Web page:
That’s a lot of things to do for teachers and with their plates that full the teachers cannot possibly be theory X type. When they embraced the profession, they know the kind of work they are doing. They know that they don’t stop working after class hours. Teachers always walk an extra mile or two.
The prevailing perception about teachers is that they are consummate professionals – the embodiment of the theory Y assumptions.
Teachers are responsible and independent. They don’t need to be micromanaged because they are happy to work on their own initiative and their strong sense of professionalism and self-motivation always lead to the successful completion of their tasks and responsibilities and strict adherence to policies and guidelines. They also need not be told as to what to do because they have strong sense of self-direction and self-control.
Are these assumptions about teachers true?
I have been in the academia for almost 31 years as a teacher. I worked with different kinds of teachers across demographics – age, gender, race, education, religion, and philosophical persuasion – as a colleague and as administrator (for 18 of those 31 years). Based on my experiences (most particularly here in South Korea where I have been teaching since 2013 and was briefly a head professor for 3 semesters), I can say that that prevailing perception about teachers is not true.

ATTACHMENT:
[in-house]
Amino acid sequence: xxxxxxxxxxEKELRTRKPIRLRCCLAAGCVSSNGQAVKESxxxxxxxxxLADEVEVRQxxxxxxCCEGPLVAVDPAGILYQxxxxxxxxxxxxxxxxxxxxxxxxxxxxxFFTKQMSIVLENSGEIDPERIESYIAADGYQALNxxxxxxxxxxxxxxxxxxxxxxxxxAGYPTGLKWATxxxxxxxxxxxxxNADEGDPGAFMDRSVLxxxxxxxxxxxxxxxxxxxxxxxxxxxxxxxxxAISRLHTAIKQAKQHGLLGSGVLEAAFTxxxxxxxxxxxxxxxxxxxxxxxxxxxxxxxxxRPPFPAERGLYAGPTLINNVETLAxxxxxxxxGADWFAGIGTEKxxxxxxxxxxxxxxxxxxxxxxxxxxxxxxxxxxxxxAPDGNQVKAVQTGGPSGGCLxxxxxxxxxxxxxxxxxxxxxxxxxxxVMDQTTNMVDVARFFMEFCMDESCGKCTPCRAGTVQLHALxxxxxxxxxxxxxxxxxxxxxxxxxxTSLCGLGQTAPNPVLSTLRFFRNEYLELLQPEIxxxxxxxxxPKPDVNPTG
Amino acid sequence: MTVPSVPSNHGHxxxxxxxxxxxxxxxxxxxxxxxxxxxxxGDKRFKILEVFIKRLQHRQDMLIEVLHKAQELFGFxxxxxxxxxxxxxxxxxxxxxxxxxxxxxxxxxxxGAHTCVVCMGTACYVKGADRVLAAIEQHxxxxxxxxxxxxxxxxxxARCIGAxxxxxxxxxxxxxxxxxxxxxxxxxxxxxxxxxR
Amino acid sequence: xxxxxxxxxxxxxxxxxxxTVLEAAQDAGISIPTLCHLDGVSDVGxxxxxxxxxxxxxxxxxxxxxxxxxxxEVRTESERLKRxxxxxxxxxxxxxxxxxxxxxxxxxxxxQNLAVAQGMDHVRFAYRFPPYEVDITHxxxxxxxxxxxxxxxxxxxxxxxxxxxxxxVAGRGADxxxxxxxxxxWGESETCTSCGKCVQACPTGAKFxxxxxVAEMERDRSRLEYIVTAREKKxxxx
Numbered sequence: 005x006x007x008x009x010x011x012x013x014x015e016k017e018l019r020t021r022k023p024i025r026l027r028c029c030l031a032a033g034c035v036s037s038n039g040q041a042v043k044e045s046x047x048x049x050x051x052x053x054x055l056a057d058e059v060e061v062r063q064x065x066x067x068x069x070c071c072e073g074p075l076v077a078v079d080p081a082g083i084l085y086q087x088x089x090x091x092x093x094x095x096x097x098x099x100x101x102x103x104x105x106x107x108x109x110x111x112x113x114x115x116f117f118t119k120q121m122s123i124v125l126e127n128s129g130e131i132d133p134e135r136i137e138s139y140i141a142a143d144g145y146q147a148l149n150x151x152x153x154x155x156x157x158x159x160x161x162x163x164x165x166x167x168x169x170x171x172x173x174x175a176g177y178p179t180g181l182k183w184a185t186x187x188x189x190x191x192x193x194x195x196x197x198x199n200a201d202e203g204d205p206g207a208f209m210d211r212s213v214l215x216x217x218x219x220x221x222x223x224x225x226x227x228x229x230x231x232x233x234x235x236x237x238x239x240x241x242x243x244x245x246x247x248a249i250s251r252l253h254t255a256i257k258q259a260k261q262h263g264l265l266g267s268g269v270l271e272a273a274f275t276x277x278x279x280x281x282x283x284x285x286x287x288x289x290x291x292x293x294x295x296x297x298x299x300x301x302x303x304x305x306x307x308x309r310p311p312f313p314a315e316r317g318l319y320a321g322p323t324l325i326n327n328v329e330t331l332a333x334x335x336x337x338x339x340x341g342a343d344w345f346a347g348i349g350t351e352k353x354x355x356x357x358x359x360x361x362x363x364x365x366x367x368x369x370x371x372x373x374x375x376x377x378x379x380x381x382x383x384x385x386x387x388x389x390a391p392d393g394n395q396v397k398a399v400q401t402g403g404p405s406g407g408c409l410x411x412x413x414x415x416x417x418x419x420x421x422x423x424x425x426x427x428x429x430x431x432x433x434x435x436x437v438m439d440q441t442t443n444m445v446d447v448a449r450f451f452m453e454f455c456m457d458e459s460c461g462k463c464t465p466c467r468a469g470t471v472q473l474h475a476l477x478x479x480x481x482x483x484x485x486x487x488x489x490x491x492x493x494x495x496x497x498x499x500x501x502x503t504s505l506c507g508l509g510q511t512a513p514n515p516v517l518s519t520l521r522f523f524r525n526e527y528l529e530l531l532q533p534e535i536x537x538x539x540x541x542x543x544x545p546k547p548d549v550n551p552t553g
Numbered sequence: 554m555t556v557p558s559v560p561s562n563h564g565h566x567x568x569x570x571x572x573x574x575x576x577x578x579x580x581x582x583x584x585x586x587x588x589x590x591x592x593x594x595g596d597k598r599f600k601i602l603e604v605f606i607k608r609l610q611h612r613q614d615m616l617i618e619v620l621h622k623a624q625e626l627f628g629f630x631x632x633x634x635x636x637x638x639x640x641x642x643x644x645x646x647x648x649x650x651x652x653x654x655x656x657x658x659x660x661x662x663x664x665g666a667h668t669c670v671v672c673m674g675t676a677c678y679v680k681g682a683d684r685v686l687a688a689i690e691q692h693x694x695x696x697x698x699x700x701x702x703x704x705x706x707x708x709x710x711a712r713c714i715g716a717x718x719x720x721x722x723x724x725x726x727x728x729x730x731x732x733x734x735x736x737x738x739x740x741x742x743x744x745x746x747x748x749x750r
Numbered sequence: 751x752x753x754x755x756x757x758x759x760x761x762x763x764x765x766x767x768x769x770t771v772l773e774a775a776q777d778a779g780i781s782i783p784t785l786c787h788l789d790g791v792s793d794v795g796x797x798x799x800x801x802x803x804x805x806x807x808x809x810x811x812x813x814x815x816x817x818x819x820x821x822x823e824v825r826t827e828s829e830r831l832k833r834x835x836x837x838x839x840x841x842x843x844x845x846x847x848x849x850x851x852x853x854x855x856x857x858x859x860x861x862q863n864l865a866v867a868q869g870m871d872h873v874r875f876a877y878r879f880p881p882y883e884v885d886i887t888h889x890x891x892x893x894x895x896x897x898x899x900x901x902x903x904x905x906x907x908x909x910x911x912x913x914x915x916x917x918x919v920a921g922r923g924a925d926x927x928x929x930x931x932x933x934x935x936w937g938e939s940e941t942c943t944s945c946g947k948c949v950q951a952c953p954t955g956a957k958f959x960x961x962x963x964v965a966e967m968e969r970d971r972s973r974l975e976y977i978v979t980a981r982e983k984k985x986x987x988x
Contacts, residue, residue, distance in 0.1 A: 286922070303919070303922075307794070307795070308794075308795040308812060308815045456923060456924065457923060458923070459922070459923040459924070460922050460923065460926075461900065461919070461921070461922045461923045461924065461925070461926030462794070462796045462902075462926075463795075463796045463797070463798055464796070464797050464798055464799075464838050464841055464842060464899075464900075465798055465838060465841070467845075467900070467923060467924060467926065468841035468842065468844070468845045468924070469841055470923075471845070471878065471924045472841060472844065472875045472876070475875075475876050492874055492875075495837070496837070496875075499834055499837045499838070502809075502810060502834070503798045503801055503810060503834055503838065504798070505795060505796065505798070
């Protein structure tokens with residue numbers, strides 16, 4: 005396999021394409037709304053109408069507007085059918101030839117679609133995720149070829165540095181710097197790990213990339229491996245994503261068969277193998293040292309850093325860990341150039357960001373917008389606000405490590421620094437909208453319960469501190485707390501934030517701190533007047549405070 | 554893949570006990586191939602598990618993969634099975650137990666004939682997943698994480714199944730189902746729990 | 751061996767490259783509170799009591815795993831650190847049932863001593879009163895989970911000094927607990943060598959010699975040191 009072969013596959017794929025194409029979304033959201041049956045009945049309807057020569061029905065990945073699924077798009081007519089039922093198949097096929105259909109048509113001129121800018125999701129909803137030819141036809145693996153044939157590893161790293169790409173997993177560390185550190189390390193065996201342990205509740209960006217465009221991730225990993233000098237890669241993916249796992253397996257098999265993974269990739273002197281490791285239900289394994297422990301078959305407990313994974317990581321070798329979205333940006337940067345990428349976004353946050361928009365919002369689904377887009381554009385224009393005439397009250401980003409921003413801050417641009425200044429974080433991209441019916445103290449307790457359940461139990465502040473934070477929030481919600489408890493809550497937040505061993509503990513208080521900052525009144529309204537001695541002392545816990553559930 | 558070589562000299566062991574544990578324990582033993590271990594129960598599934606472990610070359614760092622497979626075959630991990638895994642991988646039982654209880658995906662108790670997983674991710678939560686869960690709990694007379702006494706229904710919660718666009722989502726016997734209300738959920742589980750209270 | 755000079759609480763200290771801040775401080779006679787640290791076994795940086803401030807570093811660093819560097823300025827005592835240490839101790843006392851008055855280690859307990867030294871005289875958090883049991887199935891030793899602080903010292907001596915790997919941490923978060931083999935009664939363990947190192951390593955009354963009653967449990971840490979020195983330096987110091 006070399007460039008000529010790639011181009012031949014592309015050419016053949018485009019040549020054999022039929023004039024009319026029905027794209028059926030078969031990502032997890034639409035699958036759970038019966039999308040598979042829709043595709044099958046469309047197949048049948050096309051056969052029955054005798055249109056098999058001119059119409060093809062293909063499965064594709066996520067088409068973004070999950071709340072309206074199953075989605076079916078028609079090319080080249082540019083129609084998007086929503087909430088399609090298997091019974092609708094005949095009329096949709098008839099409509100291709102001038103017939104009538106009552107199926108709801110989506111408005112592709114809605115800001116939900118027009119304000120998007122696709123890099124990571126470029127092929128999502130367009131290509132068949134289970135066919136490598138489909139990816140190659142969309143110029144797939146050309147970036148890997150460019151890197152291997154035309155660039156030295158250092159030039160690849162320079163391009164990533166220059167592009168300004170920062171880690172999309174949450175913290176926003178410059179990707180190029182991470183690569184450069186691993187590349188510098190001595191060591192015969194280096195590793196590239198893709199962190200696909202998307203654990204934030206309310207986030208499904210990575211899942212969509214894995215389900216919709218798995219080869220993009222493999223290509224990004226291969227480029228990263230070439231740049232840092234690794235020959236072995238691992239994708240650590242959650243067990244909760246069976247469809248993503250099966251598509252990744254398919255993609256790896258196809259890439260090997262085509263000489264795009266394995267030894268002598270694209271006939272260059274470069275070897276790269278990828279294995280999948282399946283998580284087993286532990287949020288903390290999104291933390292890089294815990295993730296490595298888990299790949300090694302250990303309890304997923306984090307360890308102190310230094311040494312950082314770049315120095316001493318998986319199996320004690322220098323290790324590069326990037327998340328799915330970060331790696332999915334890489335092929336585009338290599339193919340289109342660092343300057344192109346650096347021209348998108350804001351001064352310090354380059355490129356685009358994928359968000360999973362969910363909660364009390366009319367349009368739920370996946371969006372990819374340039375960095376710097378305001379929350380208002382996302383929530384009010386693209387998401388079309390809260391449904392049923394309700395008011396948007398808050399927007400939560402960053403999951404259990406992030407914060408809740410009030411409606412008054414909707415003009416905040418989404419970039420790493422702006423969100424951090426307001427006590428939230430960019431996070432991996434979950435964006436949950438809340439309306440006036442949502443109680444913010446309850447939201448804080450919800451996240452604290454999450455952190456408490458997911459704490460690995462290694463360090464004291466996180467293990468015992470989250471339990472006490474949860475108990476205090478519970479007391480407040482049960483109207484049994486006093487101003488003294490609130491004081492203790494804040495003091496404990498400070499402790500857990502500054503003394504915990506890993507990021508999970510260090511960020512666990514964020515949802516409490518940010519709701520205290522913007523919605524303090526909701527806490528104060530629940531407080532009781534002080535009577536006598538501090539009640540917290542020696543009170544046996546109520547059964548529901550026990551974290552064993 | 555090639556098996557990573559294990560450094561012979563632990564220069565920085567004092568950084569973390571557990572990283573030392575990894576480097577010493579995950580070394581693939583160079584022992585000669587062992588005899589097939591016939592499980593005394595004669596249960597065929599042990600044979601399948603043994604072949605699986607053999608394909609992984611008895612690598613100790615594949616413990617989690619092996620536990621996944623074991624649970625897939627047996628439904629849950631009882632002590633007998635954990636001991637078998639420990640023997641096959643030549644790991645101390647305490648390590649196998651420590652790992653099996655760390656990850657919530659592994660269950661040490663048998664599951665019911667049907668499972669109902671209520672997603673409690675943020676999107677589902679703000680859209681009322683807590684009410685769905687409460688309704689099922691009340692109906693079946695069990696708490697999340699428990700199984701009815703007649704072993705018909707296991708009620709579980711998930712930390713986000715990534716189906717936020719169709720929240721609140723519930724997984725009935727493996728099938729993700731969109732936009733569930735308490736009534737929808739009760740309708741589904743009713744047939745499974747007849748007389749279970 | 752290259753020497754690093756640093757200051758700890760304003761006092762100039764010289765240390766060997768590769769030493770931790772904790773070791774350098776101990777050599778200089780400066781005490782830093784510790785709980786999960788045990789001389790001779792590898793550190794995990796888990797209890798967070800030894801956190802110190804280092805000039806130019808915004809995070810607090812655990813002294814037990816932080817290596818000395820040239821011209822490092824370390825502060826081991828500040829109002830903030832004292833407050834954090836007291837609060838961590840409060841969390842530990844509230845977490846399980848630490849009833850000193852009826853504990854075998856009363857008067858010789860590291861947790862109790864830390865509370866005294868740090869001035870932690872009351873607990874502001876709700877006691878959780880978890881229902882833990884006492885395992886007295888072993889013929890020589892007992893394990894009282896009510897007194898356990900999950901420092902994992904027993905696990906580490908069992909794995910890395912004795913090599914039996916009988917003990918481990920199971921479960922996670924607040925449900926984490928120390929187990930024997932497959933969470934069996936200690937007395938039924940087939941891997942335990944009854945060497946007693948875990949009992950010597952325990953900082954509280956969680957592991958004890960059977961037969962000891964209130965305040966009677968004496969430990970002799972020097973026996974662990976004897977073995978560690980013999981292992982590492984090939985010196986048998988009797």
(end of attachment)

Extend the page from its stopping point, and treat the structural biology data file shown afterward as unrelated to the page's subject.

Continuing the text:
Some teachers are theory X type, some theory Y, and some are in-between.
The worst assumption that school owners and administrators could make is “all teachers conduct themselves within the bounds of professionalism.” They ought to check carefully the background of the teachers they hire. They need to strictly monitor the performance of the teachers and ensure they are following school policies and guidelines. This should not be construed as lack of trust but rather enforcing excellence and ensuring that the students get what they deserve, what they pay for.
The ones leading schools ought to make sure that their teachers are not engaged in what I call “mercenary teaching” – interested only in the money and disregards professional ethics.